Rolling for Initiative is a weekly column by Scott Thorne, PhD, owner of Castle Perilous Games & Books in Carbondale, Illinois.  This week, Thorne looks at the prospects for the recently announced WizKids' Lord of the Rings games.

WizKids/NECA announced the release of a couple of Lord of the Rings HeroClix games this week with both games scheduled for release in the second half of 2011, hoping, I assume, to take advantage of the publicity surrounding the release of The Hobbit in 2012.  One will use the traditional HeroClix bases and rules and play, according to my reading of the announcement, using the standard HeroClix rules, modified for the world of Middle Earth.  The other plays more as a traditional board game with players taking the roles of Nazgul both co-operating and working against each other to prevent the Ringbearer from taking the One Ring to Mount Doom.  While, depending on gameplay, the second one may appeal to hard core gamers, I do not see it gaining many sales outside that target market:  "Hey kids, what do you want to play?"  "Gee, how about that WizKids game where we try to kill off Frodo and Sam?  I bet we can get them this time."  At least the Fantasy Flight Games version of the game has the players as the heroes trying to get the ring to Mount Doom, rather than trying to off the main characters in the story.

I'm not as excited as some other store owners are about the release of LOTR HeroClix for a couple of reasons.  First is the track record of LOTR as a collectible miniatures game.  Sabertooth Games released a LOTR collectable miniatures game back in 2003 at the height of interest in the Lord of the Rings movie, the year that Return of the King won the Oscar.  While game play wasn't great, Board Game Geek members still rate the system a little over six on a scale of one to ten.  Still, and despite the high quality of the figures, sales of the game ended along with Sabertooth's collapse as a company, and while many of Sabertooth's games were licensed and re-released by Fantasy Flight Games, FFG opted not to do anything with the LOTR license.  If FFG thought the collectable game had longer term potential, it is savvy enough to have opted to release a version of it.

The second major problem is that licensed products, such as LOTR, need to have the core license available in order to draw interest in the line.  The last movie in the LOTR trilogy released in 2003 and the next one to relate to the franchise, The Hobbit, won't release until 2012 and most of the characters from LOTR either won't appear or only have limited appearance in the movie.  Witness the sales of Games Workshop's Lord of the Ring game and line of miniatures.  Though it sold quite well while the trilogy was in theaters, and for a limited time afterwards, the line has languished in most stores, despite regular new releases, for much of the last decade.  At least releasing a Hobbit HeroClix game would make sense, taking advantage of the excitement surrounding the upcoming movie, then using that excitement to release a LOTR set afterward.  Even then, I don’t expect the movie to drive large sales of the HeroClix game.  Witness the attempt to tie in HeroClix release set to the recent Batman and Iron Man movies.  Though the movies did spectacularly, interest in them did not translate over into similar sales of the Batman and Iron Man figures.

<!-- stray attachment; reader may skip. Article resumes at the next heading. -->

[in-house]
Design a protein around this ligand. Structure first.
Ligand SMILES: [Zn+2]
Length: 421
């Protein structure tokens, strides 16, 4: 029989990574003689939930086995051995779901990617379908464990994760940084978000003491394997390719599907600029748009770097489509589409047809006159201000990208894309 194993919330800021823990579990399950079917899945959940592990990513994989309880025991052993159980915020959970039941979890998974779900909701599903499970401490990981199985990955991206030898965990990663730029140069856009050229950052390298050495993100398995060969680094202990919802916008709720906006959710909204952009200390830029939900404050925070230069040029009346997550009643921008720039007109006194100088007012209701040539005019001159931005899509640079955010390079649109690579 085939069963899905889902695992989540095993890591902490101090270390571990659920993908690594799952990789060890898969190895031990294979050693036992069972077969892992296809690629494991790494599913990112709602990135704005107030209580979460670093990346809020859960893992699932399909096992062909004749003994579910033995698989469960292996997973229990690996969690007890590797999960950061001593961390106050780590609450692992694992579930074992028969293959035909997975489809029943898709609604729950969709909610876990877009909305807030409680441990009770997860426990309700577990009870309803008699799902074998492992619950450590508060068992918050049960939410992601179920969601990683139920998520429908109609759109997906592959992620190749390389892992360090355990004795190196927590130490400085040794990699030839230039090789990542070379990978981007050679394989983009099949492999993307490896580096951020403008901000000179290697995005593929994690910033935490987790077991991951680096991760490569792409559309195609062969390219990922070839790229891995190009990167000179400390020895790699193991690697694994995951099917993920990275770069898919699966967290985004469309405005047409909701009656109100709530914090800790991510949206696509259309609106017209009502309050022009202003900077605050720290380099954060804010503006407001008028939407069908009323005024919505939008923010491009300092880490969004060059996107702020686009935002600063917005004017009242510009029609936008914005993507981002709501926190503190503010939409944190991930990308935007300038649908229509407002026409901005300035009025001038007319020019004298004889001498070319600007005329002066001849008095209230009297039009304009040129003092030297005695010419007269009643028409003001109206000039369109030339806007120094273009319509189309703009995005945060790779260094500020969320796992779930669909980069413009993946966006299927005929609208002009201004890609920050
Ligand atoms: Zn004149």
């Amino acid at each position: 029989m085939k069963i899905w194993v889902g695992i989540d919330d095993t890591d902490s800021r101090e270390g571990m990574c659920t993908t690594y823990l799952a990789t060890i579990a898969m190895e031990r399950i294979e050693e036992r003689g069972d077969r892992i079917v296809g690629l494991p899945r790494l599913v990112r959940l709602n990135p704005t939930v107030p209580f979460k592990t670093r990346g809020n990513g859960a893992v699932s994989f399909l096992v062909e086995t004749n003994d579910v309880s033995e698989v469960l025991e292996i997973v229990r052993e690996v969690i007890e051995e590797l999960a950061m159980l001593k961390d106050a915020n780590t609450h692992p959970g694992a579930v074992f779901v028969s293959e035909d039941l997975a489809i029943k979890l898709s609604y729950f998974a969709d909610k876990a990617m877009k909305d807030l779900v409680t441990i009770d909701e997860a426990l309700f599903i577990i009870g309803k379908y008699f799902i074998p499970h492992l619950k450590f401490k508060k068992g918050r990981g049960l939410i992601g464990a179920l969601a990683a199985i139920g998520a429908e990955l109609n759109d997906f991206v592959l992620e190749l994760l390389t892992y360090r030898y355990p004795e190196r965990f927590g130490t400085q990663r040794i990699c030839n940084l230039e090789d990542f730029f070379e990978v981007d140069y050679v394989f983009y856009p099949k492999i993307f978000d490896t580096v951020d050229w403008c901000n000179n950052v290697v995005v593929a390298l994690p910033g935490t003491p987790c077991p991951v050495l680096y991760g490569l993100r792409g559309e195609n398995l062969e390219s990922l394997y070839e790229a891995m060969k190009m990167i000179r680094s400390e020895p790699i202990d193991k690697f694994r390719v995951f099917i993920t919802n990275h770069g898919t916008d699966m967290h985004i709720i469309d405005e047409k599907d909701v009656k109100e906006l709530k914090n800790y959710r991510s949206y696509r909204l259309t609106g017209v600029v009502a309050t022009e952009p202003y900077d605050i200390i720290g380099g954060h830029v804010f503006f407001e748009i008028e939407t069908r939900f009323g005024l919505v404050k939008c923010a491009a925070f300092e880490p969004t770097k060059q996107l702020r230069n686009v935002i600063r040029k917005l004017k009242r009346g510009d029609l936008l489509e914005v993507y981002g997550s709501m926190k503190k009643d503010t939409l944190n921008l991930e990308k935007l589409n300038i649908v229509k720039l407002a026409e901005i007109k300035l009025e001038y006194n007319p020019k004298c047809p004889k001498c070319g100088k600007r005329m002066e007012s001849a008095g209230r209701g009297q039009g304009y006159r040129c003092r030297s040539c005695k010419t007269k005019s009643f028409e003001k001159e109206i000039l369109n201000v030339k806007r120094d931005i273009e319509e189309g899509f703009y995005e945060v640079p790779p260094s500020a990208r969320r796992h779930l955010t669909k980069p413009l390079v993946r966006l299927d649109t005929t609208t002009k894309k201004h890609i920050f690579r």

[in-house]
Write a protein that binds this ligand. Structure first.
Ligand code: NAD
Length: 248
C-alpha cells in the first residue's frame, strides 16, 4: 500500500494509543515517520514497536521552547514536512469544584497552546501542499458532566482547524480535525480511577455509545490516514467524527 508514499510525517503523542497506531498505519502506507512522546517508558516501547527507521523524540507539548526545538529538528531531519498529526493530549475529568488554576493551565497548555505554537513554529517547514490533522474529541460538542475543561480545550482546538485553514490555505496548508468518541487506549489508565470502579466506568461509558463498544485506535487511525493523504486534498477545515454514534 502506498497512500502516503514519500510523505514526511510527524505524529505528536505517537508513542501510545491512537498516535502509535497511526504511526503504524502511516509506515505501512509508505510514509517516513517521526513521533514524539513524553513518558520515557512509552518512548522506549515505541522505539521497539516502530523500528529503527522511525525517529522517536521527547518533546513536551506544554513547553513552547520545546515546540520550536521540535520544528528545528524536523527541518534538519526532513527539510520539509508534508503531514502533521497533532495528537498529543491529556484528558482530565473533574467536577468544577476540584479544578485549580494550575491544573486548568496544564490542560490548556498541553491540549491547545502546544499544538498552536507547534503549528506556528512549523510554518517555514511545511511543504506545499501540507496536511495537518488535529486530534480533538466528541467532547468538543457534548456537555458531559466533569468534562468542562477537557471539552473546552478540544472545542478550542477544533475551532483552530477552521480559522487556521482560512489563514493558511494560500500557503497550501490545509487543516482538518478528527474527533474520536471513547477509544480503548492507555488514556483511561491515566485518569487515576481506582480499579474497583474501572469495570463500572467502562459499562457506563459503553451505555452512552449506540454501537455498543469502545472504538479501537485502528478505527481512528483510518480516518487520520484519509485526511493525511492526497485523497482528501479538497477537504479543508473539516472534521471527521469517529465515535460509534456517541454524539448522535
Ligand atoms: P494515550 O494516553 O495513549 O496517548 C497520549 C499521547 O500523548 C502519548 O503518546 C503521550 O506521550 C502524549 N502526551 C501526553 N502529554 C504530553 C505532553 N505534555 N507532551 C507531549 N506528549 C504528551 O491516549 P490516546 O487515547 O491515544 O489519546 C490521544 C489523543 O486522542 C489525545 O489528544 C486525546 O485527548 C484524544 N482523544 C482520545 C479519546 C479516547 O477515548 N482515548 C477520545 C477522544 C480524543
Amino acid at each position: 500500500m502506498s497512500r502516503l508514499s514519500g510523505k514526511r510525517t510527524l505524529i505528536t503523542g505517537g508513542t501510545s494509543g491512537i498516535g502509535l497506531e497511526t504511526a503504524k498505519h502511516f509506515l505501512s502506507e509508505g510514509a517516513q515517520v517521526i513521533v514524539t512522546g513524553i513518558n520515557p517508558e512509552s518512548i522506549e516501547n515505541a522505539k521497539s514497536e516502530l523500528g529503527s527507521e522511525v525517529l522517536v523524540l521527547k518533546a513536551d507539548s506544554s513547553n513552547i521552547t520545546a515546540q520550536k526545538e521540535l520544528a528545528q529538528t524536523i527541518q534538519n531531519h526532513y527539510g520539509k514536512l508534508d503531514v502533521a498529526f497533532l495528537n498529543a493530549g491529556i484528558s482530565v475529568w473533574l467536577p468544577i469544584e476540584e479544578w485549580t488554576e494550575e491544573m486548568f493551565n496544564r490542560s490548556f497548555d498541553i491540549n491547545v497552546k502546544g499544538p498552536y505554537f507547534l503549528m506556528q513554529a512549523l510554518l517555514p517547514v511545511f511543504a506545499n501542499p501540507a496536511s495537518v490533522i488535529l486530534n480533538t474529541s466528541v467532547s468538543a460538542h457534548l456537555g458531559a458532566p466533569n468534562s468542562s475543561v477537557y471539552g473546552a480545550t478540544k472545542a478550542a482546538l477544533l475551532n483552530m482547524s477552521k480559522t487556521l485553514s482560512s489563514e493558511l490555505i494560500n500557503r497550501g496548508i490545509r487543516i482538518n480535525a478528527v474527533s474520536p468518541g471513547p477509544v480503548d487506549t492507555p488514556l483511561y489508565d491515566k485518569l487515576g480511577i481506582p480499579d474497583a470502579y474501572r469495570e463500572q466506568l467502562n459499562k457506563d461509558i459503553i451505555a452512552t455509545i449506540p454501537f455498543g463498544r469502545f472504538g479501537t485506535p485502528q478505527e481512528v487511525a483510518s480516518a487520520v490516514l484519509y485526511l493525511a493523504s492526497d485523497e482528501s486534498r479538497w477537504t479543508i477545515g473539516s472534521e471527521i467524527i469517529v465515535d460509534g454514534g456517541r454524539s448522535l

I do expect this to sell but not in large quantities and nowhere near the amount that I would expect from a new Marvel or DC HeroClix set.  Even at the height of its popularity, the Sabertooth CMG never sold anywhere near the levels that a run of the mill superhero HeroClix set did.

The opinions expressed in this column are solely  those of the writer, and do not necessarily reflect the views of the editorial staff of